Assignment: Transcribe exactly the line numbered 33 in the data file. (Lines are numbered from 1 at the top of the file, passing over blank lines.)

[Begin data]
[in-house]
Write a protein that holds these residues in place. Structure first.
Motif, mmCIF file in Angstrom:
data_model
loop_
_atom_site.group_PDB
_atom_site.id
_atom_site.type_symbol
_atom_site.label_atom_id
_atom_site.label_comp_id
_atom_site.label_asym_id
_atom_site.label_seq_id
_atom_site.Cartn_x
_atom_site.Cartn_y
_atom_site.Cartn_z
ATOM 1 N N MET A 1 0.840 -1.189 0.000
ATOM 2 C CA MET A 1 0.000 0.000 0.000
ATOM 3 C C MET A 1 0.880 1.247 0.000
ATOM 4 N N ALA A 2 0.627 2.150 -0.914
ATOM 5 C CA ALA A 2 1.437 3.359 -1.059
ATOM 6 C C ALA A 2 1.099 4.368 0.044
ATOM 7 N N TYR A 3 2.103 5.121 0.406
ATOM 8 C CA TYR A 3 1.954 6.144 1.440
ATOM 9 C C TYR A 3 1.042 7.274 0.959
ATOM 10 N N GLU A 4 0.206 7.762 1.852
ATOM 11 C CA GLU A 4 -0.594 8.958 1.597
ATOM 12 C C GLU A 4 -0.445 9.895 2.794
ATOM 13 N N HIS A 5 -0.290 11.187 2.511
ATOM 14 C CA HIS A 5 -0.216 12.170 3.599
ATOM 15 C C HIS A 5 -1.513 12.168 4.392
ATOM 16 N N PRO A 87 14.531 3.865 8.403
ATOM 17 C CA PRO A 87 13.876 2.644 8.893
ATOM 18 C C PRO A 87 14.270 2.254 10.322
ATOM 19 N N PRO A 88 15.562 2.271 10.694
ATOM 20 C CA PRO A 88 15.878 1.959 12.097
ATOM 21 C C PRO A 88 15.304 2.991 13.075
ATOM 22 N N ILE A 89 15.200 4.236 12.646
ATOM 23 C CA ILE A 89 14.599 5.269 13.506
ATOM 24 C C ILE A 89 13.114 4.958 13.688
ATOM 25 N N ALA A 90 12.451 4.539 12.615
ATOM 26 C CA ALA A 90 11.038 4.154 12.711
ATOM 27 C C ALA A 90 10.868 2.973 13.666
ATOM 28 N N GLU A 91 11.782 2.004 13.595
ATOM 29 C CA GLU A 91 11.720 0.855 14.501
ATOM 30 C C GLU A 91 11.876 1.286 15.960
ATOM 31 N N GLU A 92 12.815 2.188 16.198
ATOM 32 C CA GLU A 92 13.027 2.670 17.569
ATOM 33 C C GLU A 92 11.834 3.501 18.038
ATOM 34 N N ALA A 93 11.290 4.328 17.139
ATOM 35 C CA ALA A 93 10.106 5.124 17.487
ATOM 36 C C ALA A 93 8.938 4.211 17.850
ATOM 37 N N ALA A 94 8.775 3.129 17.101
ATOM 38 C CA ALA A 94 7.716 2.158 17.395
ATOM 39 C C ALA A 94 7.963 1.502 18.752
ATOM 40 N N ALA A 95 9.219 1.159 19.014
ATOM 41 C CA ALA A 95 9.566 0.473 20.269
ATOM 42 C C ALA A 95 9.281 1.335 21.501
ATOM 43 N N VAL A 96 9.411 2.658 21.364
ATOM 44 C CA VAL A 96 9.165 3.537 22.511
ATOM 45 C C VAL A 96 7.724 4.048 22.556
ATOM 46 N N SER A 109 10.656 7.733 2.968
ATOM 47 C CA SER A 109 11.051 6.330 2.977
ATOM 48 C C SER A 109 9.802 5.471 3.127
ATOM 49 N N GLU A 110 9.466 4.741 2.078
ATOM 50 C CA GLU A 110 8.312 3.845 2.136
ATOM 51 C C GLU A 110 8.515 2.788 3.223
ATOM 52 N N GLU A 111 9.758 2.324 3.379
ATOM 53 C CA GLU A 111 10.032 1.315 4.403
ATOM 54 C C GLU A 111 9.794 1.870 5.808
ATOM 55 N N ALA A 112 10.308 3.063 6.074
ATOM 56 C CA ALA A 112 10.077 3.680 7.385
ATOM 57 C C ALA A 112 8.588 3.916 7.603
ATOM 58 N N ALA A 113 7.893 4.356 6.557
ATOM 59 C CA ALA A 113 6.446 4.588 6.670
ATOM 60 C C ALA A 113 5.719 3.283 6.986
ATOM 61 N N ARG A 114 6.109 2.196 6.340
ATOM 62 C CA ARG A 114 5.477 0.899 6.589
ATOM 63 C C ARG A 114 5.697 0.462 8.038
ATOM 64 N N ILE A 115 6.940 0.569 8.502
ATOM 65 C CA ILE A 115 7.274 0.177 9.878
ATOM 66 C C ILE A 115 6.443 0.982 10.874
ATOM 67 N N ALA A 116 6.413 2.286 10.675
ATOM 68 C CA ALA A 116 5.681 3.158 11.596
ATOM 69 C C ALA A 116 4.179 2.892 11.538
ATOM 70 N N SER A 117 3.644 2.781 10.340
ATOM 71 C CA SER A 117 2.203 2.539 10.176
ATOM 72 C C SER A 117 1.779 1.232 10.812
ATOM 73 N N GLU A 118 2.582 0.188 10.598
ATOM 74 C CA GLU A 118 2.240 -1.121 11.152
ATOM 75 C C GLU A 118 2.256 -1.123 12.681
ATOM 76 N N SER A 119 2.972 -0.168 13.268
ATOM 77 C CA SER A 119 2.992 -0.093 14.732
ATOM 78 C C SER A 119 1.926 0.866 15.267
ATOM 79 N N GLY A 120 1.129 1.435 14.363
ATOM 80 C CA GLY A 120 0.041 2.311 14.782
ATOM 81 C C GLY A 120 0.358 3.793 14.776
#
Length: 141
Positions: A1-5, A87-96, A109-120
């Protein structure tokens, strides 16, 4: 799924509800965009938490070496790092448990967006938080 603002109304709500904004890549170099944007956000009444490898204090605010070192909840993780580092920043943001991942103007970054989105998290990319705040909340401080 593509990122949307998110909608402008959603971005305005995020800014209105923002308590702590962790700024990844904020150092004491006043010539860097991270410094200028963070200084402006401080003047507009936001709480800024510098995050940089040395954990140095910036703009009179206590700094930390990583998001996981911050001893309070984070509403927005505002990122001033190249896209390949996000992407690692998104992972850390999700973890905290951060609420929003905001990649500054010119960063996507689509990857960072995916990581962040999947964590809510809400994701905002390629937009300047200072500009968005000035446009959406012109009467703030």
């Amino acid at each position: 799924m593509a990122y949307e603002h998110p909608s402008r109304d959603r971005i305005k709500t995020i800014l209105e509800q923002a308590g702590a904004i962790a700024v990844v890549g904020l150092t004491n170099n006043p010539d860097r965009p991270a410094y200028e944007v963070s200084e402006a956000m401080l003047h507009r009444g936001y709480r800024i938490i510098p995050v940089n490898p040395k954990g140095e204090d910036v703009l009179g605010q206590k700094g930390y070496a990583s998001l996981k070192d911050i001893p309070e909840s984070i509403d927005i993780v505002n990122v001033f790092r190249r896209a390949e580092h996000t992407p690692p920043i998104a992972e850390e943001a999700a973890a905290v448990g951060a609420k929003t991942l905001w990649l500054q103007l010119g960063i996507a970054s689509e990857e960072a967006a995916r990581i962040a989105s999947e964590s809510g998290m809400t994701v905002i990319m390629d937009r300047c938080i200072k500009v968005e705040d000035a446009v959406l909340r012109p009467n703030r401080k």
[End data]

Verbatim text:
ATOM 18 C C PRO A 87 14.270 2.254 10.322